I will mention though, that when you travel from Canada to the United States, there are separate lanes for non-Americans or non-Canadians when you enter each respective country, and separate lanes for citizens of each country. In short, this is not necessarily a discriminatory act.
My Shilo friend noted earlier abut the Tel here in Turmos-Ayya. Well, it consists of many old houses, dating back (written on stone blocks) to the early 1900's and of course earlier. ... Although very old and partially ruined, I still see and think of it as a beautiful part of our city which we can remember our past relatives and how they lived. In fact, my father and his fathers once live in these old stone houses, early in the 1950's. What's amazing is that till this day, many of these houses are lived in, and used by the 'poor' residents.
I have a couple of questions for you ... straight forward, no tricks. A sincere attempt to try and understand what happened here in our valley over the past fifty years:
  1. When did Turmos Ayya start building outside the "Tel" area?
  2. When did you finally receive electricity and piped water?
  3. Where do you send your children to school?
  4. How many mosques are there in your village?
  5. Do you have an infirmary or health clinic in Turmos Ayya?
  6. When you go to larger urban centers to shop etc where do you go? Nabulus? Ramallah? Some place else?
Looking forward to your reply,
Yoel Iben-Ibrahim
Shilo, Benyamin

Saturday, January 21, 2006

Memories of a Tel.

As like most of you, I was shocked Thursday evening upon hearing what had occured in Tel-aviv, another suicide bombing. Days away from our elections, something this bad was waiting to happen, only to make it harder for voting and proceeding with the campaigns. Although in an earlier statement of 'checkpoints', I did not mean they shouldn't be enforced, rather I questioned why only we the Palestinians had the trouble of going through them, for every nation has the right to hold any sort of security run-throughs in order to ensure their own safety.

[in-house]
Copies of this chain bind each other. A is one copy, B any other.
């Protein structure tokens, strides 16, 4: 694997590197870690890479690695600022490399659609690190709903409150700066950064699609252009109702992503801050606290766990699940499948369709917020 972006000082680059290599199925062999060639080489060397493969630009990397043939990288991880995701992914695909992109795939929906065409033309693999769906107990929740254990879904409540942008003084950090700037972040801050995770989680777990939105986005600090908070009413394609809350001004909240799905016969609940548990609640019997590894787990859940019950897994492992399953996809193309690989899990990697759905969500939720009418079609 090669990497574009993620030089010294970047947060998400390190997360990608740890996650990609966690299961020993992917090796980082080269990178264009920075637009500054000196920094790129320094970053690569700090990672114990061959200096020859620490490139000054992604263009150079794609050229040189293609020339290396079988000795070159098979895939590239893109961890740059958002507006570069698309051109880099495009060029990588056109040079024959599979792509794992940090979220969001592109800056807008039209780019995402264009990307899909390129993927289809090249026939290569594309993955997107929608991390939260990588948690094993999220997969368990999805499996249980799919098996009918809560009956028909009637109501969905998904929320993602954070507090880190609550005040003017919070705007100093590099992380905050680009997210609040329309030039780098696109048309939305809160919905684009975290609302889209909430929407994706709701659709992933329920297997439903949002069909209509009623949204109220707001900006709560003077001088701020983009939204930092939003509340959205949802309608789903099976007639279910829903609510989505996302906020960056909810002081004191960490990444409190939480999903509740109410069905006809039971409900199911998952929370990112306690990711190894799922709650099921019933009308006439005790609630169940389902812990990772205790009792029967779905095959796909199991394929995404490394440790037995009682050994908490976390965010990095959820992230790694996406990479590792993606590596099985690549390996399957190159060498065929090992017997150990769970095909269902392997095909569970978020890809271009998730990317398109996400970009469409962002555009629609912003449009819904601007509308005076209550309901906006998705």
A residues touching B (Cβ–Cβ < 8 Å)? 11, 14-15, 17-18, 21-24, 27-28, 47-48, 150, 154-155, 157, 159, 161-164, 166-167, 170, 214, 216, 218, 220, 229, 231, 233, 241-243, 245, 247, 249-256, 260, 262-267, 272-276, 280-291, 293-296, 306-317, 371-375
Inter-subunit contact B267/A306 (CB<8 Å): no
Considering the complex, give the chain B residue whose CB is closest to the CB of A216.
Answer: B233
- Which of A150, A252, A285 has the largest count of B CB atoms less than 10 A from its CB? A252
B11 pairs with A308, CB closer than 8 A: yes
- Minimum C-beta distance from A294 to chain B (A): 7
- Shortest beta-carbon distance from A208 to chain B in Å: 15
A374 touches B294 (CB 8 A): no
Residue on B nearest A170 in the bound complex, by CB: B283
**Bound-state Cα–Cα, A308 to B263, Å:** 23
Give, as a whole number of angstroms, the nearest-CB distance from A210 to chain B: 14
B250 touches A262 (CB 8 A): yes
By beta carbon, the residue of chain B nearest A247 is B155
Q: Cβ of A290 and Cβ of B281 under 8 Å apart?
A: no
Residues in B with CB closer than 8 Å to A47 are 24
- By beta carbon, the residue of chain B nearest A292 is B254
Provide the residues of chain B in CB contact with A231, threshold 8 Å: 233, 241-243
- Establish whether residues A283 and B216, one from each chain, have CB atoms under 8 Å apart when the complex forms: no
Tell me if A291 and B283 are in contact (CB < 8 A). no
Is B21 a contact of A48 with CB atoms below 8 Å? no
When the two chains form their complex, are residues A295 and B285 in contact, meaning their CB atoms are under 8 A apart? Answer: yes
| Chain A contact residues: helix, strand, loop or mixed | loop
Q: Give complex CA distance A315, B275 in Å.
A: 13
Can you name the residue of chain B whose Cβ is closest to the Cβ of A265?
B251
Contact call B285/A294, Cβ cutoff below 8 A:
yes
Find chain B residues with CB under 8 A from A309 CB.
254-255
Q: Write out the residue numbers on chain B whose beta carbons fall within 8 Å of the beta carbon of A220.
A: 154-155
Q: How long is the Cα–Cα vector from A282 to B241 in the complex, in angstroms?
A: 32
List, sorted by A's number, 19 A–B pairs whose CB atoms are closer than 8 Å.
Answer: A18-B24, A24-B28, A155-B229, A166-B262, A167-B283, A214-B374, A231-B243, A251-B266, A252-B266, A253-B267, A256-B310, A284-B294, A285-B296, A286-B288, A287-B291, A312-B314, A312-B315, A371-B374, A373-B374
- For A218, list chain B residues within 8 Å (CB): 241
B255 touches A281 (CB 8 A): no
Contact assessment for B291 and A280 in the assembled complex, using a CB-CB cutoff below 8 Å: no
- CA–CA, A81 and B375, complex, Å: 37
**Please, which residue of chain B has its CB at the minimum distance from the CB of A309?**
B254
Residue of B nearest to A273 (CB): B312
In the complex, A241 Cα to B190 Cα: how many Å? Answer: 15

The city I live in was once that of a 216 resident population (under the Ottoman Empire in 1596) and in 1933, population rose to 717, and in 1942 it was estimated to be around 960. Now we are about 2500.

My Shilo friend noted earlier abut the Tel here in Turmos-Ayya. Well, it consists of many old houses, dating back (written on stone blocks) to the early 1900's and ofcourse earlier. He also said that he would love to visit this site in our city, which is impossibe. I on the other hand have the priveledge of walking through this area everyday, and I do. This is because I use this path as a short-cut to get to other places. Although very old and partially ruined, I still see and think of it as a beautiful part of our city which we can remember our past relatives and how they lived. In fact, my father and his fathers once live in these old stone houses, early in the 1950's. Whats amazing is that til this day, many of these houses are lived in, and used by the 'poor' residents.

My father and grandmother often tell me of how they used to go olive-picking on the hill which Shilo now rests on. They also would go there, in the spring and just enjoy sitting under a tree, viewing Turmos-ayya. Many of my family members lost their land due to the constructing of this settlement, and are still holding on to their documents that prove their ownership, hoping one day for a return to what they had long lost. But what is scary is that as time passes, our village will expand, and so will Shilo, and one day they will meet and seem to be as if one.